Turning the big 4-0 today is former Grand Prix driver – and one of the few drivers ever to compete in Formula 1 in a pink racing helmet – Pedro Lamy!
Before Tiago Monteiro’s brief F1 foray in the mid-2000s, one would have to rewind the clock a further ten years to find Portugal’s last F1 representative. Pedro Lamy.
Born in the town of Aideia Galega as the son of a second-hand car dealer, Pedro started competing in motorcross before moving to karting and winning the 1988 national title.
He graduated to Formula Ford the following year and moved to the GM Lotus EuroSeries in 1990. He took over Rubens Barrichello’s seat at Draco Racing for the 1991 season and promptly won the title.
He moved to the German F3 championship, and won the title at his first attempted with 11 wins in 26 starts. This marked him as the man to watch, and he moved up to Formula 3000 with Crypton Engineering, which had taken the 1992 title with Luca Badoer at the wheel.
In a strong field comprising the likes of Gil de Ferran, Olivier Panis, Franck Lagorce and David Coulthard, he was instantly competitive and won third time out on the streets of Pau. Despite Panis and Lagorce splitting the majority of the wins between them, Pedro consistently racked up points throughout the season and was in with a shot at the title in the final round at Nogaro.
The title was his for the taking when Panis was taken out on the second lap, but Pedro’s luck deserted him almost instantly when two cars ahead of him collided and he was an innocent victim of their accident – the title would go to Panis.
During the 1993 season, Pedro made his F1 debut with Lotus at Monza in place of Alessandro Zanardi, who had a monster shunt at Eau Rouge during the Belgian GP weekend.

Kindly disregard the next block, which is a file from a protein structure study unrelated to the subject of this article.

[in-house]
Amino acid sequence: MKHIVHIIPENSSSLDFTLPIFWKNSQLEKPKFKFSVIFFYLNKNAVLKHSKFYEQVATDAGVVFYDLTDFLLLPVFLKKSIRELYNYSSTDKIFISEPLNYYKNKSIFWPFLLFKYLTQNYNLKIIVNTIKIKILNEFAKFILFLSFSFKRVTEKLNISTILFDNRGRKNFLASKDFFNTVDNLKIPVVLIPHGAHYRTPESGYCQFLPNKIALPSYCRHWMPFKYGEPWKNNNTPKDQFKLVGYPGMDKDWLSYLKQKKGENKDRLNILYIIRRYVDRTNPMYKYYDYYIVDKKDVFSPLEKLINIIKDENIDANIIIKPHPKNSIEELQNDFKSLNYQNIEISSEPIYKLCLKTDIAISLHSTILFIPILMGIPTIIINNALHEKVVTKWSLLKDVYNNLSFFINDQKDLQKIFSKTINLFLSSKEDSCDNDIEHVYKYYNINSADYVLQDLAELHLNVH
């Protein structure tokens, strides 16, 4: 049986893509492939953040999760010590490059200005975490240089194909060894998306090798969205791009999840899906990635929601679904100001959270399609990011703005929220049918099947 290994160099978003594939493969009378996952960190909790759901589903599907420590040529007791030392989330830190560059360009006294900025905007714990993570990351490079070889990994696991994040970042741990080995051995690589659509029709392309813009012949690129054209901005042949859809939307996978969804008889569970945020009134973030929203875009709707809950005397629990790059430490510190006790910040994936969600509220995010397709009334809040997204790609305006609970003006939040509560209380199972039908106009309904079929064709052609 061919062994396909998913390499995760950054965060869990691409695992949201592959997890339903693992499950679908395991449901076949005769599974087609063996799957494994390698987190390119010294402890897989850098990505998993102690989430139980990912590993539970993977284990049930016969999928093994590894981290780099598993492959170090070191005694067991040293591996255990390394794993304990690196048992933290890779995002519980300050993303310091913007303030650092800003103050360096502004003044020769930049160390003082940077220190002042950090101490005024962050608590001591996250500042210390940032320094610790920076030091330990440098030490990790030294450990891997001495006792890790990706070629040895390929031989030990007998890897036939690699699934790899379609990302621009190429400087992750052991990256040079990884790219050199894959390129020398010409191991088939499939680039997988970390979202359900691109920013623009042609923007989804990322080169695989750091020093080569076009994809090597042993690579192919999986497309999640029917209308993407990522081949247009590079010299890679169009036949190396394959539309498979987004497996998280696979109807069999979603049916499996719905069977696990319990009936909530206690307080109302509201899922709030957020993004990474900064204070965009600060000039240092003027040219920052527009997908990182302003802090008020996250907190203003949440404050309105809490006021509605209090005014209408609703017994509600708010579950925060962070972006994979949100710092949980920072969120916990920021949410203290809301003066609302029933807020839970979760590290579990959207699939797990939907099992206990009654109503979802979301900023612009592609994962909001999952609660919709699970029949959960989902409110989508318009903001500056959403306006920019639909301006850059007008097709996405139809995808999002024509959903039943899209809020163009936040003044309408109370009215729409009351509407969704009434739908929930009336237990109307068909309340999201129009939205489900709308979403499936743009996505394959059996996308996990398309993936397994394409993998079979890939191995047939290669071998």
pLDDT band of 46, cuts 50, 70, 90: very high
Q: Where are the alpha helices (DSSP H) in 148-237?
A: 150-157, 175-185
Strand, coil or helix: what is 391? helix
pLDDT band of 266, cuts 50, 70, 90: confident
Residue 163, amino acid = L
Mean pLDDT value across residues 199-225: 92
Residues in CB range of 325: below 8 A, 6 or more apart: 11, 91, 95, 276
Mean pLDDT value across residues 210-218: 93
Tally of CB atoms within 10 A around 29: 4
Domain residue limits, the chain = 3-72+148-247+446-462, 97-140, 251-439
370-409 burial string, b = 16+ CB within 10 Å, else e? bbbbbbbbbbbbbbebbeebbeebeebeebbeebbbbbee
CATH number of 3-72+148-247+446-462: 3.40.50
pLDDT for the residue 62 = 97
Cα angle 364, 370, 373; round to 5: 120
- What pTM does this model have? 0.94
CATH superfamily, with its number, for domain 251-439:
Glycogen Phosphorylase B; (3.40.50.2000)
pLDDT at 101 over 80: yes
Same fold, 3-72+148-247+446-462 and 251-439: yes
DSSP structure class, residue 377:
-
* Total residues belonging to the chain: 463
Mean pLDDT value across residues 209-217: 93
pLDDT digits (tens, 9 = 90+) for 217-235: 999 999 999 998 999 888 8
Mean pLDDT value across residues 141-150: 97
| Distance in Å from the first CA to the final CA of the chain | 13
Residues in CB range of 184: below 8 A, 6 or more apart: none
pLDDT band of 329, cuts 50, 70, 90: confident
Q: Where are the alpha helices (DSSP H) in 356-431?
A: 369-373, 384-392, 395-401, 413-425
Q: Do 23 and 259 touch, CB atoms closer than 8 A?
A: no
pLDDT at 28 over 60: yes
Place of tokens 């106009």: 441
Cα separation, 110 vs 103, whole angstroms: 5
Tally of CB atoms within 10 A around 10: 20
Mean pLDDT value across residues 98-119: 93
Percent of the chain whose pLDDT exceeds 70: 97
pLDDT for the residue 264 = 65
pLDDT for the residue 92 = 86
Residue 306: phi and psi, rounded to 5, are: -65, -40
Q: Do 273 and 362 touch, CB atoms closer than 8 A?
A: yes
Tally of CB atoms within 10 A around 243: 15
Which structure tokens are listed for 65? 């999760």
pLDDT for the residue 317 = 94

His solid performances and a good bit of sponsorship from Portugal meant he stayed on with the ailing team for the 1994 season, finishing in the top-ten in the opening two rounds at Sao Paulo and Aida. He collected JJ Lehto’s stalled Benetton at the start of the next round’s San Marino GP, with the loose wheels and debris flying over the trackside fencing and injuring several spectators – fortunately for Pedro, he emerged unhurt.
While testing Lotus’ newest car at the Silverstone circuit after the fourth round at Monaco, the Lotus 109 suffered a rear wing failure on the approach to the Abbey corner. The cat literally took off, flew through the catch fencing and into a pedestrian tunnel under the track on fire. incredibly, he survived the crash, but with two badly broken legs he was out for the rest of the season.
He didn’t return to F1 until the middle of 1995, where his more considerable sponsorship dollars resulted in Minardi stalwart Pierluigi Martini being given the heave-ho. In a high-attrition final race at Adelaide, he picked up the final point with sixth on the street circuit, which would prove to be the team’s last point until 1999!
This was enough to see him stay with the team for the 1996 season, but he was outclassed by rookie team-mate Giancarlo Fisichella and was out of F1 for good at the end of the year.
Lamy has since had a successful career in sports cars, winning the 1998 GT2 title in a Dodge Viper. He has won the Nurburgring 24 Hours race on three occasions, finished runner-up in the Le Mans 24 Hours and later competed for the all-conquering factory Peugeot squad in the Le Mans series.
[Original images via LAT, Le Mans Portugal, MMM Sport, MotorKultur, Sutton Images,The Cahier Archive]
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